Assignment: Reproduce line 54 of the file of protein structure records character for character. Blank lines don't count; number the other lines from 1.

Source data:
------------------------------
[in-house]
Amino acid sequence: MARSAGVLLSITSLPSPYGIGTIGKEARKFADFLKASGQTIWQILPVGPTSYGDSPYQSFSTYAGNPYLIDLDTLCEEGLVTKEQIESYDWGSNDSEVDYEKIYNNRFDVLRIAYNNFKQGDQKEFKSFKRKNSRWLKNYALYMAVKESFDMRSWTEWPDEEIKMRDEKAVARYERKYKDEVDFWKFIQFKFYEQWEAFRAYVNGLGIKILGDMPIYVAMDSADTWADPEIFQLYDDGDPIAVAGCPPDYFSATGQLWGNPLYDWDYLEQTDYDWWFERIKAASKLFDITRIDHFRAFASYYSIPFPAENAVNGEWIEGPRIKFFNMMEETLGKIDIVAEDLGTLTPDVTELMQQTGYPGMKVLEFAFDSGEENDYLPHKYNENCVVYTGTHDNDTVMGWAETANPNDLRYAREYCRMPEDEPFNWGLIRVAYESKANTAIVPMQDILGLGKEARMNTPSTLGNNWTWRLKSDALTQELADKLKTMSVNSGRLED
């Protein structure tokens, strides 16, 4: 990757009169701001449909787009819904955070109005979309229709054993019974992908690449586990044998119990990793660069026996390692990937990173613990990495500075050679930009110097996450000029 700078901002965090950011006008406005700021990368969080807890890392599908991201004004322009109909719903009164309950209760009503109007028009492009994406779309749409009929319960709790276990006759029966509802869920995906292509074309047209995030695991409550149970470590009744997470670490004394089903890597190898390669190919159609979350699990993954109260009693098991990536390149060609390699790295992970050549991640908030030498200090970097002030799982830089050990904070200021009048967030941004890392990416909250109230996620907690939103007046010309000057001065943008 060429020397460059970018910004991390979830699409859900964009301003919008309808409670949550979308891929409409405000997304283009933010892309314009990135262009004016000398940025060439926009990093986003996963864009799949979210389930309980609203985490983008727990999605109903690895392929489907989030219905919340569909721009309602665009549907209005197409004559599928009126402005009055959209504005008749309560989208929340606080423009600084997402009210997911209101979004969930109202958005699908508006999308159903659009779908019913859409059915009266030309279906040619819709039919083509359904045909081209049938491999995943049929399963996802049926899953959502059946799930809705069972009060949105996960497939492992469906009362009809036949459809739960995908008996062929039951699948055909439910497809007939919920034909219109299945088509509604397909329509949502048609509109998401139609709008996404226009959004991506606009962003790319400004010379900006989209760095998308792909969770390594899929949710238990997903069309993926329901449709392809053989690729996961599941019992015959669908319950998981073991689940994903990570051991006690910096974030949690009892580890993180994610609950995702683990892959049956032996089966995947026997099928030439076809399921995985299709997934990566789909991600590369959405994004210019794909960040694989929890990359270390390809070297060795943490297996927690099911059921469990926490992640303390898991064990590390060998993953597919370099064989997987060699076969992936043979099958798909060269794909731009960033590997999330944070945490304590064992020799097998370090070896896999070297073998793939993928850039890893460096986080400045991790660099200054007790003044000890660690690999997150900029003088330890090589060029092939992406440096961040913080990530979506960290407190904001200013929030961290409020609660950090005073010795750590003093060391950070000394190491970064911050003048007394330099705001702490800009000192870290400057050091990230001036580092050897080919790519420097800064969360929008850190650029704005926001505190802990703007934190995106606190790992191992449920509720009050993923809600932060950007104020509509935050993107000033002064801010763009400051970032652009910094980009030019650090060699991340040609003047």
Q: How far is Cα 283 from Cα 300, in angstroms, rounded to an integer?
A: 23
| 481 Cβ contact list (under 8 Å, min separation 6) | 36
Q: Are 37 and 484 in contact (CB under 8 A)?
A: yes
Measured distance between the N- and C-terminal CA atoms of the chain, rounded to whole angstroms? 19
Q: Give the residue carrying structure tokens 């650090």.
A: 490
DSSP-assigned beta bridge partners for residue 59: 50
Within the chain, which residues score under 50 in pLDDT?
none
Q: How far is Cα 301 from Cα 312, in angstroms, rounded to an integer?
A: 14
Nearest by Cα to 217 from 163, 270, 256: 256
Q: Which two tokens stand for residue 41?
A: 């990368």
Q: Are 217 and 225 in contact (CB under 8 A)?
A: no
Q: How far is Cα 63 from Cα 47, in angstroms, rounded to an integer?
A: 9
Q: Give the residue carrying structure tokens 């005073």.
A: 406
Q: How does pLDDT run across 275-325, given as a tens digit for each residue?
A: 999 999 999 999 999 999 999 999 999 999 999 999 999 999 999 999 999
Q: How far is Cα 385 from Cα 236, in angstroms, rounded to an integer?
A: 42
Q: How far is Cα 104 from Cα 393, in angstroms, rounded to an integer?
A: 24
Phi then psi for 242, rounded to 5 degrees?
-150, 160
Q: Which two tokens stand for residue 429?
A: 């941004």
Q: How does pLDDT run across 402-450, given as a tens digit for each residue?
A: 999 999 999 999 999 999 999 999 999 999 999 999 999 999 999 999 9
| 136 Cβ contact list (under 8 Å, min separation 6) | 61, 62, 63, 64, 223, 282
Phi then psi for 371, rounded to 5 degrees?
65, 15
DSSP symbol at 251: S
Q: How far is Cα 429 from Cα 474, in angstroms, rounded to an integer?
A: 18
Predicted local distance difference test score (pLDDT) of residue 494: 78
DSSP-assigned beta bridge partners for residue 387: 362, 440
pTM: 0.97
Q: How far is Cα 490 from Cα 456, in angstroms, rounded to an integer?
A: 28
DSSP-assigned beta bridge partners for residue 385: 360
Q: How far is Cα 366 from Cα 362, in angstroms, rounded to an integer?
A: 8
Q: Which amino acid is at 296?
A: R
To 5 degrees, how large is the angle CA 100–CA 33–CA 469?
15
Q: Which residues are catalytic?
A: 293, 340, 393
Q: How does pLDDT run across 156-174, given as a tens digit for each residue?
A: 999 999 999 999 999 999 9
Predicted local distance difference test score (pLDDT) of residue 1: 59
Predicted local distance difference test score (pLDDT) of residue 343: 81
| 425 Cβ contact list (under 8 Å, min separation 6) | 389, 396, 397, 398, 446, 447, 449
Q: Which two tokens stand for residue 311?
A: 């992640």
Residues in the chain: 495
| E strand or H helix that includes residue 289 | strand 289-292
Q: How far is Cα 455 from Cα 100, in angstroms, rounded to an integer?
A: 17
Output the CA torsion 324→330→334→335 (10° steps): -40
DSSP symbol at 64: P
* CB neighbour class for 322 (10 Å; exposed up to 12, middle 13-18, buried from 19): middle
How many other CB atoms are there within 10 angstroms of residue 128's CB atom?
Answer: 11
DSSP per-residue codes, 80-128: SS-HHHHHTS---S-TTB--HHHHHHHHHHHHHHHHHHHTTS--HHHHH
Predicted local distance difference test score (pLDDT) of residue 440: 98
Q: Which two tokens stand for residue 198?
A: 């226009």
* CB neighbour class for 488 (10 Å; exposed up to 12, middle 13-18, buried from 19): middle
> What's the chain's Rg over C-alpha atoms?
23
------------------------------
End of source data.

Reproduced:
To 5 degrees, how large is the angle CA 100–CA 33–CA 469?